I first met Pauline Delos at one of those substantial parties Earl Janoth liked to give every two or three months, attended by members of the staff, his personal friends, private moguls, and public nobodies, all in haphazard rotation.
Quotations
She was tall, ice-blonde, and splendid. The eye saw nothing but innocence, to the instincts she was undiluted sex, the brain said here was a perfect hell.
Some of them were unaware they were gentlemen and scholars. Some of them tomorrow's famous fugitives from justice. A sizable sprinkling of lunatics, so plausible they had never been suspected and never would be. Memorable bankrupts of the future, the obscure suicides of ten or twenty years from now. Potentially fabulous murderers. The mothers or fathers of truly great people I would never know.
For business purposes he and Janoth were one and the same person, except that in Hagen's slim and sultry form, restlessly through his veins, there flowed some new, freakish, molten virulence.
And five minutes later, two blocks away, I arrived at the Janoth Building, looming like an eternal stone deity among a forest of its fellows. It seemed to prefer human sacrifices of the flesh and of the spirit, over any other token of devotion. Daily, we freely made them.
I turned into the echoing lobby, making mine.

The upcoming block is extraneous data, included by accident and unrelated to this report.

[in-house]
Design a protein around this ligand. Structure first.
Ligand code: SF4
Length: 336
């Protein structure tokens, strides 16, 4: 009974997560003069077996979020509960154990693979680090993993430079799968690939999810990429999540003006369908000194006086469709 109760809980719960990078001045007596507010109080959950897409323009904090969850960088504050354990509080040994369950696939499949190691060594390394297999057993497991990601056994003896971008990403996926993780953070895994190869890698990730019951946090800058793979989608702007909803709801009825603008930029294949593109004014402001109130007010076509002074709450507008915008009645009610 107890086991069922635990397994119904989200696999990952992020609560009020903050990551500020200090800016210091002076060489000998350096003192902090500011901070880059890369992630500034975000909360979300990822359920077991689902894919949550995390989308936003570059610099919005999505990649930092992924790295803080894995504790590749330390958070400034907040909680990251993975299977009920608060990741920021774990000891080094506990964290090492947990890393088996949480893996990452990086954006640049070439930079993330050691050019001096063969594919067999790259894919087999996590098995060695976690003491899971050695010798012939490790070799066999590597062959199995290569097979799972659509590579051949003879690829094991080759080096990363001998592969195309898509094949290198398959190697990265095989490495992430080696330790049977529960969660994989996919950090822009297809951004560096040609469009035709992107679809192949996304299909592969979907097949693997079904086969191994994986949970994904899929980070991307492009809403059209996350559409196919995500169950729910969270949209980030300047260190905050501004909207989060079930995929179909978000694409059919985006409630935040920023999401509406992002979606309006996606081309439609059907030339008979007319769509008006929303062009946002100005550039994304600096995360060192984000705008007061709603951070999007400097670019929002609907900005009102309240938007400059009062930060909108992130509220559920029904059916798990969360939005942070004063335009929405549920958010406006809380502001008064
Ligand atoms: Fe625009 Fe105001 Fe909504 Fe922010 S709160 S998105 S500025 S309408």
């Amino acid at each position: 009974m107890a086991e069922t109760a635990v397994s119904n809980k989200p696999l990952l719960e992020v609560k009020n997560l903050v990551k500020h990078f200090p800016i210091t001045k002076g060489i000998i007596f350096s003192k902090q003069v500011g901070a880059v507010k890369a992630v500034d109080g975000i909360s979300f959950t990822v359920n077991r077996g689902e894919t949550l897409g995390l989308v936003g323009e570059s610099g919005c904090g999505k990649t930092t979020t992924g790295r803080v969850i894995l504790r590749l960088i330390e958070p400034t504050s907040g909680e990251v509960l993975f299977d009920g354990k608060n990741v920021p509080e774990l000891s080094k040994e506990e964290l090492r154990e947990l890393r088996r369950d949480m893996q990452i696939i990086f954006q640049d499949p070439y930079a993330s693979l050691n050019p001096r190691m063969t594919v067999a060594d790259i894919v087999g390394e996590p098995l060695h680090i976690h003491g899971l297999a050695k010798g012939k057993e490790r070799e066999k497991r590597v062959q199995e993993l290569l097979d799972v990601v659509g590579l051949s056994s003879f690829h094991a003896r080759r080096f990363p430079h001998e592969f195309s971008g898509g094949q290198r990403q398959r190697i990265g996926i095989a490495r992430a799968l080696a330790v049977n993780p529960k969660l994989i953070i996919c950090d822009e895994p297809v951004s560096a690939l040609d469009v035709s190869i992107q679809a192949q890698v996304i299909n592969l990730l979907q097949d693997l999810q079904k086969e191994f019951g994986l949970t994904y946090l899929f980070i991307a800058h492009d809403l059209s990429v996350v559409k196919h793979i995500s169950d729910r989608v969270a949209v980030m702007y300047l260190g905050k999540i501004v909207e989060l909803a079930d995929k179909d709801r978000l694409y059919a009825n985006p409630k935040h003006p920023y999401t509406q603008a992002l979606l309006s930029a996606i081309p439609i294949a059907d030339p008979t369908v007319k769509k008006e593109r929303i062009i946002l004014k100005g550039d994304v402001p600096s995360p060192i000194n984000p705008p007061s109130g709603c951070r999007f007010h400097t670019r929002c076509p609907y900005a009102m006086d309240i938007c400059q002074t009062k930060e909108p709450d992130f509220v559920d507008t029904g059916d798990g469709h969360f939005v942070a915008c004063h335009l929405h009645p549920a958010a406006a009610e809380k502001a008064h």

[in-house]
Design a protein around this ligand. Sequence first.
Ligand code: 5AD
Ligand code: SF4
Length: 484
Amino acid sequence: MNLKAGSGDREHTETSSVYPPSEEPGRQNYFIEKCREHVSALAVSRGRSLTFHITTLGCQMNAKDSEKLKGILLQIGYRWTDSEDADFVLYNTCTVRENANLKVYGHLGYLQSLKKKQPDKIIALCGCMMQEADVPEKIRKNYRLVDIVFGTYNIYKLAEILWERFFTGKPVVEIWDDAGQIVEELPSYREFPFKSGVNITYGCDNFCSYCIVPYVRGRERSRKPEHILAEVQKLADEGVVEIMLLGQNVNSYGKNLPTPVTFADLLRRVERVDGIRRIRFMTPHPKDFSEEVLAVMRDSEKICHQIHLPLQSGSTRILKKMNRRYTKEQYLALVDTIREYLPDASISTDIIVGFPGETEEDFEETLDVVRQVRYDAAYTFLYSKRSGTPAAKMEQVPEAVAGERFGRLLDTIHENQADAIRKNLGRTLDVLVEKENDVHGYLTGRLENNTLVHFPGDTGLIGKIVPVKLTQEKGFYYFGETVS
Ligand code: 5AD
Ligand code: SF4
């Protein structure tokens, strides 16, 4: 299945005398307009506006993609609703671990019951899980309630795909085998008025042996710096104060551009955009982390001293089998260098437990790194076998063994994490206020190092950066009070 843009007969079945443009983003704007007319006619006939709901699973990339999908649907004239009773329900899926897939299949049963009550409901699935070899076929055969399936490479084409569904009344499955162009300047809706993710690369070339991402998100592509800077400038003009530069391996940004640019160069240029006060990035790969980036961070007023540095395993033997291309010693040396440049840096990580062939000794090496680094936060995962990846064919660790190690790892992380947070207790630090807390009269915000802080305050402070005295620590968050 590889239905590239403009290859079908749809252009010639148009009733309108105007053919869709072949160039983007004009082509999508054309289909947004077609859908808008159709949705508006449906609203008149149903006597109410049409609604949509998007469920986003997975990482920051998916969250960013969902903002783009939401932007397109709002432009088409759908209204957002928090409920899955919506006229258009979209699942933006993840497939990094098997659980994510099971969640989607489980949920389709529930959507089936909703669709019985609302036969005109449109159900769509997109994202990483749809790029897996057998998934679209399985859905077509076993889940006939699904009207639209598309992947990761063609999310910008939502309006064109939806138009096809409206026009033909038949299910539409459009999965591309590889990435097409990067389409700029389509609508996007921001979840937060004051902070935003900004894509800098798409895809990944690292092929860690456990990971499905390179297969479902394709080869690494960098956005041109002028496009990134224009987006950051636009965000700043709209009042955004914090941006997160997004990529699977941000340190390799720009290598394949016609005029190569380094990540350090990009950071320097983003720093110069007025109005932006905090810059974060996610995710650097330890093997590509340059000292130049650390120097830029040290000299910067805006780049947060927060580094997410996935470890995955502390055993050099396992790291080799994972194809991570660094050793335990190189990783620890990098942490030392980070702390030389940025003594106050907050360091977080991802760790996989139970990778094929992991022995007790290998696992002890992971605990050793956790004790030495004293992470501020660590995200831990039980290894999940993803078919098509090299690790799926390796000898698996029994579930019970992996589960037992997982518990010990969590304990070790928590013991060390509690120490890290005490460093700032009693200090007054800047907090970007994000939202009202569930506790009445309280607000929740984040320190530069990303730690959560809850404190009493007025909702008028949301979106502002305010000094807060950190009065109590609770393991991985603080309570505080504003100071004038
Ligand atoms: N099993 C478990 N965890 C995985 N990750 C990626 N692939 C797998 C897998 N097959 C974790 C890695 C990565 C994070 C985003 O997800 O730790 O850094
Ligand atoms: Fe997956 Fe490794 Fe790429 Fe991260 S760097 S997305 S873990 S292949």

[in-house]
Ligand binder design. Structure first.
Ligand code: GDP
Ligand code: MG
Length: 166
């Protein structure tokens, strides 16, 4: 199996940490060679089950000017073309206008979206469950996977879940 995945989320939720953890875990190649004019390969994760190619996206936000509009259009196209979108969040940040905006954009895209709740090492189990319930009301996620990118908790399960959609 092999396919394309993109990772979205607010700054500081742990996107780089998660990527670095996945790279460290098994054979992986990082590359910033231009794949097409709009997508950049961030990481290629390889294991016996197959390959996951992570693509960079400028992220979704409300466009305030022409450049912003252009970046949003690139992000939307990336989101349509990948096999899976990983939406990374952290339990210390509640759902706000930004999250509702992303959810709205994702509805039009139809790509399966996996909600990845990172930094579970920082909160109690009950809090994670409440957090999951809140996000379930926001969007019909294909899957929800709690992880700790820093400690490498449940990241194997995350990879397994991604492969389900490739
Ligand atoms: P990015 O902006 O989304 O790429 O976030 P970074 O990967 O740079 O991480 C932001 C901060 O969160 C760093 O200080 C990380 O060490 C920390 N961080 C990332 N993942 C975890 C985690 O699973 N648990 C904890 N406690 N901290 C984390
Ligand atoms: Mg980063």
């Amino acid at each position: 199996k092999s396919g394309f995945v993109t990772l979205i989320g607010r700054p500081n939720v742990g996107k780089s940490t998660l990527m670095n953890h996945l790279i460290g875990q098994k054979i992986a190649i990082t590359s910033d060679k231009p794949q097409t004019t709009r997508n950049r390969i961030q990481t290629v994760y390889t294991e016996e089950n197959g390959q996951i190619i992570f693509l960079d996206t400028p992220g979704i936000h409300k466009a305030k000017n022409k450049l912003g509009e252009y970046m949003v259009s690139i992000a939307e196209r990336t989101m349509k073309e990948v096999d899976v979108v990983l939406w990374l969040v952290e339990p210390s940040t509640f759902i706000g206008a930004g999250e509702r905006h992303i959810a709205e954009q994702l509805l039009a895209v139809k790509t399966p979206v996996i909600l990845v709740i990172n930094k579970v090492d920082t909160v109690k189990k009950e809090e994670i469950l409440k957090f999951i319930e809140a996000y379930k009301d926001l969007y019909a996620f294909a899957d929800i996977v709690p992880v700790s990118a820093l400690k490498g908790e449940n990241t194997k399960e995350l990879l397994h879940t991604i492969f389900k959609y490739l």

The awfulness of Monday morning is the world's great common denominator. To the millionaire and the coolie it is the same, because there can be nothing worse.

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Also published as "No Way Out".
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From the back cover:
George Stroud is a hard-drinking, tough-talking, none-too-scrupulous writer for a New York media conglomerate that bears a striking resemblance to Time, Inc. in the heyday of Henry Luce. One day, before heading home to his wife in the suburbs, Stroud has a drink with Pauline, the beautiful girlfriend of his boss, Earl Janoth. Things happen. The next day Stroud escorts Pauline home, leaving her off at the cornier just as Janoth returns from a trip. The day after that, Pauline is found murdered in her apartment.
Janoth knows there was one witness to his entry into Pauline's apartment on the night of the murder; he knows that the man must have been the man Pauline was with before he got back; but he doesn't know who he was. Janoth badly wants to get his hands on that man, and he picks one of his most trusted employees to track him down: George Stroud, who else?
How does a man escape from himself? No book has ever dramatized that question to more perfect effect than The Big Clock, a masterpiece of American noir.
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George Stroud, editor at Crimeways magazine, is involved with the wrong woman - his boss's. The boss kills her in an argument and pins the crime on a man seen outside her home just before the murder.